Trabeculectomy function after cataract extraction

Philip P. Chen, Yaffa K. Weaver, Donald L. Budenz, William J. Feuer, Richard K. Parrish

Research output: Contribution to journalArticlepeer-review

91 Scopus citations

Abstract

Objective: To examine the effect of cataract extraction (CE) after trabeculectomy on intraocular pressure (IOP) control. Design: Retrospective noncomparative case series. Participants: A total of 115 consecutive patients who underwent extracapsular CE (N = 58) or phacoemulsification (N = 57) with intraocular lens (IOL) placement after trabeculectomy were studied. Intervention: Cataract extraction with IOL after trabeculectomy was performed. Main Outcome Measures: Preoperative, intraoperative, and postoperative factors were evaluated for association with loss of IOP control requiring additional medications, bleb needling, or further glaucoma surgery, using Kaplan-Meier survival analysis and Cox multivariate proportional hazards survival regression. Results: After mean postoperative follow-up of 21.1 ± 14.3 months, additional glaucoma medication or needling of the filtering bleb to maintain IOP control was required in 35 eyes (30.4%) and was significantly associated with intraoperative iris manipulation and early postoperative peak IOP greater than 25 mmHg. Additional glaucoma surgery was eventually required in 11 eyes (9.6%) and was significantly associated with age of 50 years or younger, preoperative IOP greater than 10 mmHg, and early postoperative peak IOP greater than 25 mmHg. The cumulative proportion of patients who did not require reoperation for glaucoma was 93% and 90% at 1 and 2 years, respectively. The mean IOP at last visit had increased 1.6 mmHg above the pre-CE level and did not vary significantly after the first postoperative month. The median interval from CE to the addition of glaucoma medication or bleb needling was 1.6 months (within 3 months in 20 of 33 eyes) and that from nonsurgical intervention to further glaucoma surgery was 3.6 months (before the 7th postoperative month in 6 of 11 eyes). Of 19 eyes with hypotony (IOP ≤ 6 mmHg) before CE, 11 eyes remained hypotonous after CE despite an increase in the mean lOP from 4.6 to 7.5 mmHg. Conclusions: When CE is performed after trabeculectomy, age of 50 years or younger, preoperative IOP greater than 10 mmHg, intraoperative iris manipulation, and early postoperative IOP greater than 25 mmHg are associated with worsened postoperative IOP control. Most bleb failures occur soon after CE. Resolution of pre-existing hypotony after CE is unpredictable.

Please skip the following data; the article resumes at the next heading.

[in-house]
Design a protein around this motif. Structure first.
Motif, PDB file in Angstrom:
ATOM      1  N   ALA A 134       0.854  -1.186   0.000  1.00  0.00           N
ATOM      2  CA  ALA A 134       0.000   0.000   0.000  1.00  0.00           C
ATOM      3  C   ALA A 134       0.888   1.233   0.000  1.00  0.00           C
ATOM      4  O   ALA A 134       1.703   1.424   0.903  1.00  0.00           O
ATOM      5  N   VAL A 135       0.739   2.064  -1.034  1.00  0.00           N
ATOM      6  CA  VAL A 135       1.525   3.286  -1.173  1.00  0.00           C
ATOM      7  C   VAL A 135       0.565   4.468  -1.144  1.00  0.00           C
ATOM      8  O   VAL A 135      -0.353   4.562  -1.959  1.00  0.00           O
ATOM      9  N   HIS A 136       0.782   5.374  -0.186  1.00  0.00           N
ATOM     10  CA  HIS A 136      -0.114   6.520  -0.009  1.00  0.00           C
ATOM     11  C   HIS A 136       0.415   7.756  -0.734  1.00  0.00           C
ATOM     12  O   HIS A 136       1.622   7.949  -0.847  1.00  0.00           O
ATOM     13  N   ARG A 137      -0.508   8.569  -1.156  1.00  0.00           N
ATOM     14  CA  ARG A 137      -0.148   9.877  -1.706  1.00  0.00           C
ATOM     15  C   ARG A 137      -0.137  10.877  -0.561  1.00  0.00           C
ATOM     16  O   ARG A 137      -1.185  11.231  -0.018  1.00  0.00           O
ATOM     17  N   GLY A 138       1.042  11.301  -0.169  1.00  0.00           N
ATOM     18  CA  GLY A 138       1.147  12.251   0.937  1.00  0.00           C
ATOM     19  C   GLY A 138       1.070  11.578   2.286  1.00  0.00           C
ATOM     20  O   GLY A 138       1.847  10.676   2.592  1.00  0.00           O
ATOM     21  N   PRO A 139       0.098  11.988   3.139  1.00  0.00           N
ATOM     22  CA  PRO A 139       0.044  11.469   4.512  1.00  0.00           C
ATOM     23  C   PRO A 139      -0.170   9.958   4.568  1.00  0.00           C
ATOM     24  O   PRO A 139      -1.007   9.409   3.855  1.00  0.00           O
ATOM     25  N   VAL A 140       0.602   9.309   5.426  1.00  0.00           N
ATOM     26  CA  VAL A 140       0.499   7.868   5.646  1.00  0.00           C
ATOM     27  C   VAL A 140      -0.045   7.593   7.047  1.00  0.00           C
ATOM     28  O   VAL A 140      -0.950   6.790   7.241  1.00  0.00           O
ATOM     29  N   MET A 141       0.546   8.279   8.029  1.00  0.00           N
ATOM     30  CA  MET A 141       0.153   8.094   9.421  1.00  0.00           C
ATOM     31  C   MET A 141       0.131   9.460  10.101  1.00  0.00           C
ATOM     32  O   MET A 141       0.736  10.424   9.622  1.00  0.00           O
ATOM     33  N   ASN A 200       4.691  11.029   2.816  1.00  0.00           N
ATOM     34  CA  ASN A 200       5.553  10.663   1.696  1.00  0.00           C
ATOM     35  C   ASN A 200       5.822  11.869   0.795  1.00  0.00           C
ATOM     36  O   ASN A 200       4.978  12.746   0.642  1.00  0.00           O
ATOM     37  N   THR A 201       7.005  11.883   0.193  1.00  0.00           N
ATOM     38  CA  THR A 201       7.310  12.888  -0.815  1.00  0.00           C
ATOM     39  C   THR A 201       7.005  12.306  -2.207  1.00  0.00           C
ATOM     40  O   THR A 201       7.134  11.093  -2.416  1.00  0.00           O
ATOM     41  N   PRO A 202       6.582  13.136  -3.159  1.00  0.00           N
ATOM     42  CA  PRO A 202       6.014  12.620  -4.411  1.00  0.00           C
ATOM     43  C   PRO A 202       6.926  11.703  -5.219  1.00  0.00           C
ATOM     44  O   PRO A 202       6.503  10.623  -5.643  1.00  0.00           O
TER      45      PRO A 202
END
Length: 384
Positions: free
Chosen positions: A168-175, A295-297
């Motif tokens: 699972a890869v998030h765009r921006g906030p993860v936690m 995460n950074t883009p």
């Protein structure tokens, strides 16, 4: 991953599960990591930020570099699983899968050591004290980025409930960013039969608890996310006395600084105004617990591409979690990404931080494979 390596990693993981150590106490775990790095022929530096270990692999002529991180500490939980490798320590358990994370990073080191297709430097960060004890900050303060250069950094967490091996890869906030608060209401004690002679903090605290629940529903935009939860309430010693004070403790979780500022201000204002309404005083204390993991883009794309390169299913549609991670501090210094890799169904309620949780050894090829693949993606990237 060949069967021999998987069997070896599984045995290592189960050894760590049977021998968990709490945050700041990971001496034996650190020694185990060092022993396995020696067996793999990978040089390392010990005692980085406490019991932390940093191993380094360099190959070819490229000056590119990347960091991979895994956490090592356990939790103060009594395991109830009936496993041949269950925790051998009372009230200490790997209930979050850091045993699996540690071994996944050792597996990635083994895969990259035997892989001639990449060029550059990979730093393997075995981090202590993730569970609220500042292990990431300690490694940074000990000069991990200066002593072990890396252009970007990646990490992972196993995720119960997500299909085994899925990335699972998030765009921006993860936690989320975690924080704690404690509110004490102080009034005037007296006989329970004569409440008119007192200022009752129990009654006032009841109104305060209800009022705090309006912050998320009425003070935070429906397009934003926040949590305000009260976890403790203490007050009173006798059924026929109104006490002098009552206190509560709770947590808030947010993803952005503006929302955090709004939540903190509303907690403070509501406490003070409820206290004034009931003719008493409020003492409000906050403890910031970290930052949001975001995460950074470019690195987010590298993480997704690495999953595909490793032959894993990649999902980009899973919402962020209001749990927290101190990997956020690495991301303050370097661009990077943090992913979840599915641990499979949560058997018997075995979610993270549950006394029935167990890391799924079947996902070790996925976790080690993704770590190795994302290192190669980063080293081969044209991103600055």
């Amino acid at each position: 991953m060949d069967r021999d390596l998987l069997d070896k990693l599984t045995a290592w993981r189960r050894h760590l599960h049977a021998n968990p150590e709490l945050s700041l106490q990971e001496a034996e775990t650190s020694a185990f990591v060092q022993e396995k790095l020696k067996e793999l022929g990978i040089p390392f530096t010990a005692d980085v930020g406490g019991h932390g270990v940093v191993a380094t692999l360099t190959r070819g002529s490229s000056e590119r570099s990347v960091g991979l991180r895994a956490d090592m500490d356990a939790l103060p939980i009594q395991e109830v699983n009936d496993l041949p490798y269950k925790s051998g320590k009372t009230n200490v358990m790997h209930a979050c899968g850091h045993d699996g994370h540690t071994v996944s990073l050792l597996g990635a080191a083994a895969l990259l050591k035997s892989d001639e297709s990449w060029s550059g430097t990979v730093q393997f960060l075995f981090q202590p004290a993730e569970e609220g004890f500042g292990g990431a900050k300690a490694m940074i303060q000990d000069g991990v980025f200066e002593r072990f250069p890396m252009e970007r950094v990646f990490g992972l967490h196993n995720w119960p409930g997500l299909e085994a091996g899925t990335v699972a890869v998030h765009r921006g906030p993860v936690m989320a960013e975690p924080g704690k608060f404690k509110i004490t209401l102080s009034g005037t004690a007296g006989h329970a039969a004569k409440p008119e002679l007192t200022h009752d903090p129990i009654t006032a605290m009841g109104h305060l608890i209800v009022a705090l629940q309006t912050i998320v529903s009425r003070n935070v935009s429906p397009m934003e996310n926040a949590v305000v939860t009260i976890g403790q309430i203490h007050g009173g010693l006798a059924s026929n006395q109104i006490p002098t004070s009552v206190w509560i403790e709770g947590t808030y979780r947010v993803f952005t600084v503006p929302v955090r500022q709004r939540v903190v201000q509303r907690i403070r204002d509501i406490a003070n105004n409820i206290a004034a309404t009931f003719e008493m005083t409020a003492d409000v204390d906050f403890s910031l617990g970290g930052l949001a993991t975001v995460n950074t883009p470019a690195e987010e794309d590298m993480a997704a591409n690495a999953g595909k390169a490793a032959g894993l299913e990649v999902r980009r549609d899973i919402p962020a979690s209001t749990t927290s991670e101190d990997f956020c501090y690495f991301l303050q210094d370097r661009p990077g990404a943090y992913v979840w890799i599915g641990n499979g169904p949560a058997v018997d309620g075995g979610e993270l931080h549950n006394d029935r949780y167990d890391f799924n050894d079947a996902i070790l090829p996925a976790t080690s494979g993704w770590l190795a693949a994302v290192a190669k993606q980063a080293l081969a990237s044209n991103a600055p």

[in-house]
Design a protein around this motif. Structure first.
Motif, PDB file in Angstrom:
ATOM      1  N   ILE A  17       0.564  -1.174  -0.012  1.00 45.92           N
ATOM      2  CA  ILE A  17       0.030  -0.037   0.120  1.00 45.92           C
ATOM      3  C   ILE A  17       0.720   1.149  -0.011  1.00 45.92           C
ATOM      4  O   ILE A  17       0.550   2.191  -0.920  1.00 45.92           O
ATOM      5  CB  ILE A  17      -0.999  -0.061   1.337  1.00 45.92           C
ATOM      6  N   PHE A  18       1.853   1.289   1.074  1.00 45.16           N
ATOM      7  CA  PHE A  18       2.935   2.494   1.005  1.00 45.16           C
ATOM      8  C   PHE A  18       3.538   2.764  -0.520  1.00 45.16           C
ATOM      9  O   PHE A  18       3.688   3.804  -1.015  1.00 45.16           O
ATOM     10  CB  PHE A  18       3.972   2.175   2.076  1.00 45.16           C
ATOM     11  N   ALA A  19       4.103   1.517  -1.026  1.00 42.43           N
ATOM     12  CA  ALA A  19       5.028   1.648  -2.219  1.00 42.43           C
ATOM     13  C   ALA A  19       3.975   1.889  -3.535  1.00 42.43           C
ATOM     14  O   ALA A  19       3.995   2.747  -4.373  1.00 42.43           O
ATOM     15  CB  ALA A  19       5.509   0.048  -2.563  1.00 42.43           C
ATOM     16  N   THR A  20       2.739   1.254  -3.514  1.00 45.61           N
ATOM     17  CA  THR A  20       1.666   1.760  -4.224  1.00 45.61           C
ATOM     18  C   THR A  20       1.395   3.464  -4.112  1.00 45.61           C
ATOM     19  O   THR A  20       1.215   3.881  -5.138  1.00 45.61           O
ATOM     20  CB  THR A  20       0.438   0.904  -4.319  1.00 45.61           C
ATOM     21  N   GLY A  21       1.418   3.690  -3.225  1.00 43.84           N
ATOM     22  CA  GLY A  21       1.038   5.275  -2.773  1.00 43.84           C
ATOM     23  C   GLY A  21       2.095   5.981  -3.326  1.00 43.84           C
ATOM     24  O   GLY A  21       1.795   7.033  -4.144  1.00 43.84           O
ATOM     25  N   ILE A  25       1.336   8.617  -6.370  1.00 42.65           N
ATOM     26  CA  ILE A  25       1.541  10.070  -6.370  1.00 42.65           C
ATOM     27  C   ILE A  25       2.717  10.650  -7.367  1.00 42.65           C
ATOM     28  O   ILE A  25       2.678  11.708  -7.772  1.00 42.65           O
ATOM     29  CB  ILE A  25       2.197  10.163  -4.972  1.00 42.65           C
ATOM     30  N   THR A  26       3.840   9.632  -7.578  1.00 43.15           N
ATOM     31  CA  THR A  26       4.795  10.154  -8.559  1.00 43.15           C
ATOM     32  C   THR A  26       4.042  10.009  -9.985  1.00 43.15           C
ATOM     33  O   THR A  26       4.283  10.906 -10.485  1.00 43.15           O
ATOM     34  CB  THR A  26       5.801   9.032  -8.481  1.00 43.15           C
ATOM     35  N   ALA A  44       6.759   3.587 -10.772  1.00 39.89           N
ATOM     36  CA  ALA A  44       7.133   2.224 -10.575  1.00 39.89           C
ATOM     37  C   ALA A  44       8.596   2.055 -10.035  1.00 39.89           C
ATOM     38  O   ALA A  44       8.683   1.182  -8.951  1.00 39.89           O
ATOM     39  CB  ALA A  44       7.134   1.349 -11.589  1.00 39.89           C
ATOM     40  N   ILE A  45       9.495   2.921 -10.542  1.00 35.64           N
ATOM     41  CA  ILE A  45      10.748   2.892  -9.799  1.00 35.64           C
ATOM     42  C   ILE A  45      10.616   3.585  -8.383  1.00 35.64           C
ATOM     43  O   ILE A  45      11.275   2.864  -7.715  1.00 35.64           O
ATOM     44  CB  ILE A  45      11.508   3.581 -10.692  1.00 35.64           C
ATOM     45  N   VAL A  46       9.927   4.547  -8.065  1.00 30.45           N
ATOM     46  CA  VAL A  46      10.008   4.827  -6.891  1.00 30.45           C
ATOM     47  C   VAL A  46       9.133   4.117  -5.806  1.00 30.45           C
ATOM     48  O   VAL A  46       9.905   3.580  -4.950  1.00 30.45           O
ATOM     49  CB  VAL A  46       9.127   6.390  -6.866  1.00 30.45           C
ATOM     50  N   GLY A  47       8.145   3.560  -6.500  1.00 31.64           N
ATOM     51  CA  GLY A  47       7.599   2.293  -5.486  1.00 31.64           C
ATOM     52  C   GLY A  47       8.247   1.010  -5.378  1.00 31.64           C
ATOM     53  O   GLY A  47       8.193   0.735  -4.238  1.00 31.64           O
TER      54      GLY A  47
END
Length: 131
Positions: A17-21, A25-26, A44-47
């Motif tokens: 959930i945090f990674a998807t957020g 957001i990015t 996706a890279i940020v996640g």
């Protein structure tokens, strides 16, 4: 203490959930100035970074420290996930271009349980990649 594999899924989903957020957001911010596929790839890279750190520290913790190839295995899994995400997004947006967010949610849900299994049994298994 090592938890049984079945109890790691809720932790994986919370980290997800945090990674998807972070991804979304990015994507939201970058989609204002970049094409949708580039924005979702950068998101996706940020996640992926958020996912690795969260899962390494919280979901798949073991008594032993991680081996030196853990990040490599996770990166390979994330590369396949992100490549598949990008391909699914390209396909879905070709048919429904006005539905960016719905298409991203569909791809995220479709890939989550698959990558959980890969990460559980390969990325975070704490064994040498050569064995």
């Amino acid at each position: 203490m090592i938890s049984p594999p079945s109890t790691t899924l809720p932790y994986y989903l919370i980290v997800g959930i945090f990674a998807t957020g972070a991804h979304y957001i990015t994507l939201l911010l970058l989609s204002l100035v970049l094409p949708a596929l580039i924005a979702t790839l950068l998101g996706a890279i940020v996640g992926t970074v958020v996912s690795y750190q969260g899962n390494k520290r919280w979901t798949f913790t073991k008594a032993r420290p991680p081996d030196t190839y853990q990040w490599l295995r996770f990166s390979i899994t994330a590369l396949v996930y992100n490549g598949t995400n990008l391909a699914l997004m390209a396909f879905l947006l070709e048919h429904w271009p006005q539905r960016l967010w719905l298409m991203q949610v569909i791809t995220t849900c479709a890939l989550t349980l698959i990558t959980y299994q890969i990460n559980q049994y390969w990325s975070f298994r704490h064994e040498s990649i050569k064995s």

Original languageEnglish (US)
Pages (from-to)1928-1935
Number of pages8
JournalOphthalmology
Volume105
Issue number10
DOIs
StatePublished - Oct 1 1998

ASJC Scopus subject areas

  • Ophthalmology

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